There is a bewildering number of academic styles, all of which are acceptable if used consistently. Students should consult their supervisor and agree on an appropriate style between the two of you.
The Documentary-Note or 'Humanities' style is described in:
The Chicago Manual of Style, 14th edition (Chicago: Univ. of Chicago Press, 1993), ch.15: 'Documentation I: Notes and Bibliographies';
MHRA Style Book: Notes for Authors, Editors, and Writers of Theses, fifth edition (London: Humanities Research Association, 1996), ch. 12 'References' and passim;
Kate Turabian, A Manual for Writers of Term Papers, Theses, and Dissertations, rev. John Grossman and Alice Bennett, 6th edition (Chicago: Univ. of Chicago Press, 1996), chs 8, 9, and 11; and
Carole Slade, Form and Style: Research Papers, Reports, Theses (12th edition, Boston: Houghton Mifflin, 2003), ch.7.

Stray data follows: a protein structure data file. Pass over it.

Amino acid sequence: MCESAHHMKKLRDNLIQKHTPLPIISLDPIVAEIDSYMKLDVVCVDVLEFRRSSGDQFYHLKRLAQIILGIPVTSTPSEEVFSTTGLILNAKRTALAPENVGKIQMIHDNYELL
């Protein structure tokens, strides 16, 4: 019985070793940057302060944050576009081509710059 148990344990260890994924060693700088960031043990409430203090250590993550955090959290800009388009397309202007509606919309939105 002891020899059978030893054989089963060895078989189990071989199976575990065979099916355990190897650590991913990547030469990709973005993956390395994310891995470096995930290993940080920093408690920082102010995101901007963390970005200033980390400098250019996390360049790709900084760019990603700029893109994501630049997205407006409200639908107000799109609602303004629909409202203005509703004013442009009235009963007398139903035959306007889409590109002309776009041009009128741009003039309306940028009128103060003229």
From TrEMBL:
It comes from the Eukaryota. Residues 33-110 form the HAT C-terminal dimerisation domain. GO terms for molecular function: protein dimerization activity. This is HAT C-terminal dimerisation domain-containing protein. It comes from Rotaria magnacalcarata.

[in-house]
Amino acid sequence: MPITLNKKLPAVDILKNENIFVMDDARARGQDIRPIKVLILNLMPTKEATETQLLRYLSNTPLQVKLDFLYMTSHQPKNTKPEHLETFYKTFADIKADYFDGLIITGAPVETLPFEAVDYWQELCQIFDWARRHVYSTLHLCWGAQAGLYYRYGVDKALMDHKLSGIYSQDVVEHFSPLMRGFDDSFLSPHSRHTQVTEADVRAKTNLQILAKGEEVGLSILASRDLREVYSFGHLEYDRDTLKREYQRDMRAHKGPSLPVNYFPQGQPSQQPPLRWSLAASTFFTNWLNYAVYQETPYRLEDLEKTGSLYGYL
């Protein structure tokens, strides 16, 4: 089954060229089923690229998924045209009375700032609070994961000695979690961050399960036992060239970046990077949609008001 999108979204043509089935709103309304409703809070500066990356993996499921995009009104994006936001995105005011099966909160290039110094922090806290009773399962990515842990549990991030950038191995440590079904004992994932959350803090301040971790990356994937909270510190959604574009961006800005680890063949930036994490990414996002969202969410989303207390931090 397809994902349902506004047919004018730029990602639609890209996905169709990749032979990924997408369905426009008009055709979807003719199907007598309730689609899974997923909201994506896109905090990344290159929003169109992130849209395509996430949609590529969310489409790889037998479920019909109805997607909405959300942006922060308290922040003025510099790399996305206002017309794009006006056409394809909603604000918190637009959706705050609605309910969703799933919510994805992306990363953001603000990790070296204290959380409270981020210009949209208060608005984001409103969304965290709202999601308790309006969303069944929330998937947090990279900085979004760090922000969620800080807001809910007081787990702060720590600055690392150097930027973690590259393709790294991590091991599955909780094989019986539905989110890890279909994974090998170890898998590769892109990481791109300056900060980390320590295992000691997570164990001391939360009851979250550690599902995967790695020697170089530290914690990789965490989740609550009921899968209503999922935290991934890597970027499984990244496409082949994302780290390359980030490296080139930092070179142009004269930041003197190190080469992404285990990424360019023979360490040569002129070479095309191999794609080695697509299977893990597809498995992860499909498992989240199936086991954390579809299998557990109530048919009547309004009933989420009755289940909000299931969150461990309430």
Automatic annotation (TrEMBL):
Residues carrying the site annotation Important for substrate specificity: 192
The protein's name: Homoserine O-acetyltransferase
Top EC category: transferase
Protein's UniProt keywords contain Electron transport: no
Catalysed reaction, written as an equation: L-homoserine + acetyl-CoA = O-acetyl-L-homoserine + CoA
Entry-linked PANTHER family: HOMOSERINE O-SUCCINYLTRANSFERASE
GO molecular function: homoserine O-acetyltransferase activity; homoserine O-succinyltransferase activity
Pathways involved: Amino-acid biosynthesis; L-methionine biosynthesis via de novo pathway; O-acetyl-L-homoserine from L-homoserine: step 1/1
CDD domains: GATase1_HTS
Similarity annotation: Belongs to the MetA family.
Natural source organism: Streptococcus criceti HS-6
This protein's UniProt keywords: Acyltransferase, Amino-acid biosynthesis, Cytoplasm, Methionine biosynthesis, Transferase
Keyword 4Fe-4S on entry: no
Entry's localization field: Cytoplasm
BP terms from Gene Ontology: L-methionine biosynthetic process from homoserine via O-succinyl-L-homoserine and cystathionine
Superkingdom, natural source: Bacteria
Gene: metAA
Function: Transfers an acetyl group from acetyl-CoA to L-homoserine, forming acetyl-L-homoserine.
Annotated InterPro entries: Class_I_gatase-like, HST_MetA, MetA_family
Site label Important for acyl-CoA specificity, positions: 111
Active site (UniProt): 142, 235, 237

The Author-Date or Name-Year or 'Harvard' style is described in:
The Chicago Manual of Style, ch.16: 'Documentation 2: Author-Date Citations and Reference Lists';
Scientific Style and Format, 6th edition (Cambridge: Cambridge Univ. Press, 1994), ch.30;
Turabian, chs 10 and 11; and
The Works-Cited or 'MLA' style is described in:
Joseph Gibaldi, MLA Style Manual and Guide to Scholarly Publishing, 3rd edition (New York: Modern Language Association, 1998), chs.6 and 7;
Joseph Gibaldi, MLA Handbook for Writers of Research Papers, 5th edition (New York: Modern Language Association, 1999), chs.4 and 5; and
The Citation-Sequence or 'Vancouver' style is described in:
Scientific Style and Format, ch.30.
Other reference works that may be useful:
Wayne C. Booth, Gregory G. Colomb and Joseph M. Williams, The Craft of Research, 2nd edition (Chicago: University of Chicago Press, 2003).
Thomas Mann, The Oxford Guide to Library Research (New York: Oxford University Press, 1998).